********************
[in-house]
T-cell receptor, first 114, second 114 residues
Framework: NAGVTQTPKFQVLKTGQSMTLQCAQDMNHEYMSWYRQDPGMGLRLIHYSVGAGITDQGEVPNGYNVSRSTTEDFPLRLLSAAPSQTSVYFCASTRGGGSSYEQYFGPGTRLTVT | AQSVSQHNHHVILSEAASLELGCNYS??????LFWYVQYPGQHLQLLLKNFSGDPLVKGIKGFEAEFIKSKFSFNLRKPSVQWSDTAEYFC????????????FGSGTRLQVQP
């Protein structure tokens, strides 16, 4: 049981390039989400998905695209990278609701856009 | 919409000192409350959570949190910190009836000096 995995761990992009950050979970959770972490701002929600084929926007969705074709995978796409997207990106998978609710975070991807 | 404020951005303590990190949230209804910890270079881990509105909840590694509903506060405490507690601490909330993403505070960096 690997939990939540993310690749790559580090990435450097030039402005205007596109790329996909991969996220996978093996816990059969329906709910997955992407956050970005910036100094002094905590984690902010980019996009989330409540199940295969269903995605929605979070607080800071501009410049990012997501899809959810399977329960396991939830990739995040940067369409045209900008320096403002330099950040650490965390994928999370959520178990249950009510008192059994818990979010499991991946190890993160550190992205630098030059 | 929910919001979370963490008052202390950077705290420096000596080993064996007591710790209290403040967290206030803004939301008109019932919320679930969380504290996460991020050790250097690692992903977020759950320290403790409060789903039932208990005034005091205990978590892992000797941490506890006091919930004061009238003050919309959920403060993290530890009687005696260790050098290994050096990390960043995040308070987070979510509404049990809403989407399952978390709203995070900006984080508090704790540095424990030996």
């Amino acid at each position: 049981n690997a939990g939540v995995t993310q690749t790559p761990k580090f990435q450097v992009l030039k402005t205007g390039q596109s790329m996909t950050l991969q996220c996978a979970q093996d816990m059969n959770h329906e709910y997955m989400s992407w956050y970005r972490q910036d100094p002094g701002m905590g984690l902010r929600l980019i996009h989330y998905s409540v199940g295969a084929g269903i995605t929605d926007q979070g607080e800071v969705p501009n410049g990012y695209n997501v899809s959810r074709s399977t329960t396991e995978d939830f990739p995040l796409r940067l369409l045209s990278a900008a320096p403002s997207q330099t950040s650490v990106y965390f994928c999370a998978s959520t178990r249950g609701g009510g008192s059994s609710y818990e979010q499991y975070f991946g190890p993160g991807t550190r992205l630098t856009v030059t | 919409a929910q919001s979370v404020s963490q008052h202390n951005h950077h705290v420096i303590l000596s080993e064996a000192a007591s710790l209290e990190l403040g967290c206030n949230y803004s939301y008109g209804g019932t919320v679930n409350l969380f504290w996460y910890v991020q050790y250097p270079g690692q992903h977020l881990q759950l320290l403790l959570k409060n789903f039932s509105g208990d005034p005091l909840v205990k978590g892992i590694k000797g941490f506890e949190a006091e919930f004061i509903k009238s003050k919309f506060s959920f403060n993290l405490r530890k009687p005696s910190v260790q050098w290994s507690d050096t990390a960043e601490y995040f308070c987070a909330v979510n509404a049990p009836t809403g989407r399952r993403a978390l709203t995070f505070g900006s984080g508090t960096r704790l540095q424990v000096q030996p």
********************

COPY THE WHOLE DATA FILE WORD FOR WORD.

[in-house]
T-cell receptor, first 114, second 114 residues
Framework: NAGVTQTPKFQVLKTGQSMTLQCAQDMNHEYMSWYRQDPGMGLRLIHYSVGAGITDQGEVPNGYNVSRSTTEDFPLRLLSAAPSQTSVYFCASTRGGGSSYEQYFGPGTRLTVT | AQSVSQHNHHVILSEAASLELGCNYS??????LFWYVQYPGQHLQLLLKNFSGDPLVKGIKGFEAEFIKSKFSFNLRKPSVQWSDTAEYFC????????????FGSGTRLQVQP
């Protein structure tokens, strides 16, 4: 049981390039989400998905695209990278609701856009 | 919409000192409350959570949190910190009836000096 995995761990992009950050979970959770972490701002929600084929926007969705074709995978796409997207990106998978609710975070991807 | 404020951005303590990190949230209804910890270079881990509105909840590694509903506060405490507690601490909330993403505070960096 690997939990939540993310690749790559580090990435450097030039402005205007596109790329996909991969996220996978093996816990059969329906709910997955992407956050970005910036100094002094905590984690902010980019996009989330409540199940295969269903995605929605979070607080800071501009410049990012997501899809959810399977329960396991939830990739995040940067369409045209900008320096403002330099950040650490965390994928999370959520178990249950009510008192059994818990979010499991991946190890993160550190992205630098030059 | 929910919001979370963490008052202390950077705290420096000596080993064996007591710790209290403040967290206030803004939301008109019932919320679930969380504290996460991020050790250097690692992903977020759950320290403790409060789903039932208990005034005091205990978590892992000797941490506890006091919930004061009238003050919309959920403060993290530890009687005696260790050098290994050096990390960043995040308070987070979510509404049990809403989407399952978390709203995070900006984080508090704790540095424990030996």
């Amino acid at each position: 049981n690997a939990g939540v995995t993310q690749t790559p761990k580090f990435q450097v992009l030039k402005t205007g390039q596109s790329m996909t950050l991969q996220c996978a979970q093996d816990m059969n959770h329906e709910y997955m989400s992407w956050y970005r972490q910036d100094p002094g701002m905590g984690l902010r929600l980019i996009h989330y998905s409540v199940g295969a084929g269903i995605t929605d926007q979070g607080e800071v969705p501009n410049g990012y695209n997501v899809s959810r074709s399977t329960t396991e995978d939830f990739p995040l796409r940067l369409l045209s990278a900008a320096p403002s997207q330099t950040s650490v990106y965390f994928c999370a998978s959520t178990r249950g609701g009510g008192s059994s609710y818990e979010q499991y975070f991946g190890p993160g991807t550190r992205l630098t856009v030059t | 919409a929910q919001s979370v404020s963490q008052h202390n951005h950077h705290v420096i303590l000596s080993e064996a000192a007591s710790l209290e990190l403040g967290c206030n949230y803004s939301y008109g209804g019932t919320v679930n409350l969380f504290w996460y910890v991020q050790y250097p270079g690692q992903h977020l881990q759950l320290l403790l959570k409060n789903f039932s509105g208990d005034p005091l909840v205990k978590g892992i590694k000797g941490f506890e949190a006091e919930f004061i509903k009238s003050k919309f506060s959920f403060n993290l405490r530890k009687p005696s910190v260790q050098w290994s507690d050096t990390a960043e601490y995040f308070c987070a909330v979510n509404a049990p009836t809403g989407r399952r993403a978390l709203t995070f505070g900006s984080g508090t960096r704790l540095q424990v000096q030996p």